Even the “free banking” period in the U.S.—from the 1830s to the Fed’s founding in 1913—was a misnomer. “Free” referred only to the relaxation of requirements to open a bank, not an environment free from regulation. All remained subject to state banking laws. In America, banks never operated with the same autonomy afforded to other industries.

It is important to keep in mind that free banking is not the same as laissez-faire banking, in which there is no government interference of any kind. Free banking simply means that no charter or permission is needed from a government body to start a bank, unlike the current chartered banking system in the U.S. The free-banking laws specified that a state banking authority determined the general operating rules and minimum capital requirement, but no official approval was required to start a bank.

Daniel Sanches. Federal Reserve Bank of Philadelphia Research Department, The Free-Banking Era: A Lesson for Today?

The banking industry has always been heavily controlled in America. According to Hammond, the initial restraints only increased through the Civil War. This legacy continues.

Controls beget control

The trend of increasing controls continues to the current day. Each financial crisis begets a new slate of regulations with which banks must comply devised to cure deficiencies of the preceding regime. However, the existing regulations often caused that which the new ones seek to rectify.

For example, I previously noted how banking regulations created the interest rate vulnerability that led to the failures of Silicon Valley Bank, Signature Bank, Silvergate Bank, and First Republic Bank last year. By incentivizing (and requiring) banks to hold “high-quality” and “liquid” assets, they consequentially owned large quantities of U.S. Treasury and mortgage-backed securities issued by U.S. government agencies (such as Fannie Mae). While virtually riskless from a credit-loss perspective, these securities carried large interest rate risks which blew holes in the banks’ balance sheets as the Fed aggressively raised its policy rate. Regulations—in part—motivated the behaviors that caused the banks to fail.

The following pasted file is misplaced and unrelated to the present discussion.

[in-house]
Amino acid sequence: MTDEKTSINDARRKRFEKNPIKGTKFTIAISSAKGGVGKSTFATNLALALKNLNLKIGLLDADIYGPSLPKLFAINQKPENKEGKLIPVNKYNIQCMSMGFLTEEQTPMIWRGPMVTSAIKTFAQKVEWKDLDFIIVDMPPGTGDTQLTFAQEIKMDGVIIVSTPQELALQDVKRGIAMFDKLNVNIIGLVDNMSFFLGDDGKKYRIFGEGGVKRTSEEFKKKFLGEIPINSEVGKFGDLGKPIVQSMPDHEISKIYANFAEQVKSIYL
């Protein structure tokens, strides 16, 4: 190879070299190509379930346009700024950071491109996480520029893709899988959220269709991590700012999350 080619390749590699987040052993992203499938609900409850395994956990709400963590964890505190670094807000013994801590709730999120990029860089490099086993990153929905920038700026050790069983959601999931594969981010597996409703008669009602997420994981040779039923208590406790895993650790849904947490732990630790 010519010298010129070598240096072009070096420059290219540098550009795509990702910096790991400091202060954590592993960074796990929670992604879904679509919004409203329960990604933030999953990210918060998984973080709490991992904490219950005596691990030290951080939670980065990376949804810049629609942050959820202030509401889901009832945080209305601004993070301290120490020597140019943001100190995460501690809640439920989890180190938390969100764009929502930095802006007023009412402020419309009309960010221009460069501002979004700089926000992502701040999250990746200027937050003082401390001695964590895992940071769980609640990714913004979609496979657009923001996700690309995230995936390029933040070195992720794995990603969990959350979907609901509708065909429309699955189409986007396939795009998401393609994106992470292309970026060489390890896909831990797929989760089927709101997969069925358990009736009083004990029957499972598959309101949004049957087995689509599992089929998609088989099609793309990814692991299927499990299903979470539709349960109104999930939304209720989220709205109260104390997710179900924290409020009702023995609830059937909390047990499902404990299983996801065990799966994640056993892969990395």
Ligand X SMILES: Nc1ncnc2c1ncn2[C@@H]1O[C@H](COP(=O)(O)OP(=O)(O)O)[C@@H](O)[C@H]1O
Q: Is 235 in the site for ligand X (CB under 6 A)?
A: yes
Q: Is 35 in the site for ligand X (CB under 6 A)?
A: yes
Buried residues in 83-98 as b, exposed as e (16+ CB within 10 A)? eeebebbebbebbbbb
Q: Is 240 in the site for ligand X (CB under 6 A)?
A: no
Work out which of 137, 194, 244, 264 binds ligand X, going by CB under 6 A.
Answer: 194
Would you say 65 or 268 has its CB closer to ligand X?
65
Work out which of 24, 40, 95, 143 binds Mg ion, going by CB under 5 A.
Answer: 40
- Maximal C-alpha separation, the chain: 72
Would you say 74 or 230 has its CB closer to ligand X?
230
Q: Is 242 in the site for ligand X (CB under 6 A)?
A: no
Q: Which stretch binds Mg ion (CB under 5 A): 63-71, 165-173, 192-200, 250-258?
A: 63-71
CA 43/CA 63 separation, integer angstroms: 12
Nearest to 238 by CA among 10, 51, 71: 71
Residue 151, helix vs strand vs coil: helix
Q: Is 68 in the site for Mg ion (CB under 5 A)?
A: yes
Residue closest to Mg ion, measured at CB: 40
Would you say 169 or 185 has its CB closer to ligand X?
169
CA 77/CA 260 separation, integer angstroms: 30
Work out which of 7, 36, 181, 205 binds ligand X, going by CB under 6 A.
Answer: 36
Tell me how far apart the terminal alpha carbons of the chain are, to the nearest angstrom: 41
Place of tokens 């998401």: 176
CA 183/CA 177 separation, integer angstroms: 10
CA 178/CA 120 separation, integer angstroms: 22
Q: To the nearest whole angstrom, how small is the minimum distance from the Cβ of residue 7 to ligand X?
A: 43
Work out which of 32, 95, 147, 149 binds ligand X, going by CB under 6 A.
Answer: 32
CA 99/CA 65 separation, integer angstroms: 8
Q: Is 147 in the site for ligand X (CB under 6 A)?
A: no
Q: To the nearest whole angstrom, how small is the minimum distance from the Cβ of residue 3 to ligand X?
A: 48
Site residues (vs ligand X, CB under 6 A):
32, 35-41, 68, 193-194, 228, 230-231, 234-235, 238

Those regulations were, of course, instituted in response to the Great Financial Crisis (GFC) of 2007-2008. Intended to prevent the types of capital losses experienced then, they instead created unintended vulnerabilities felt in 2023. The GFC resulted from regulations governing banks’ capital requirements that centralized risks by codifying the credit assessments of a handful of sanctioned rating agencies into banks’ investment decisions and laws requiring banks to extend questionable, housing-related loans. Those laws, unsurprisingly, were enacted to “encourage” banks to extend credit to households that they might not have otherwise.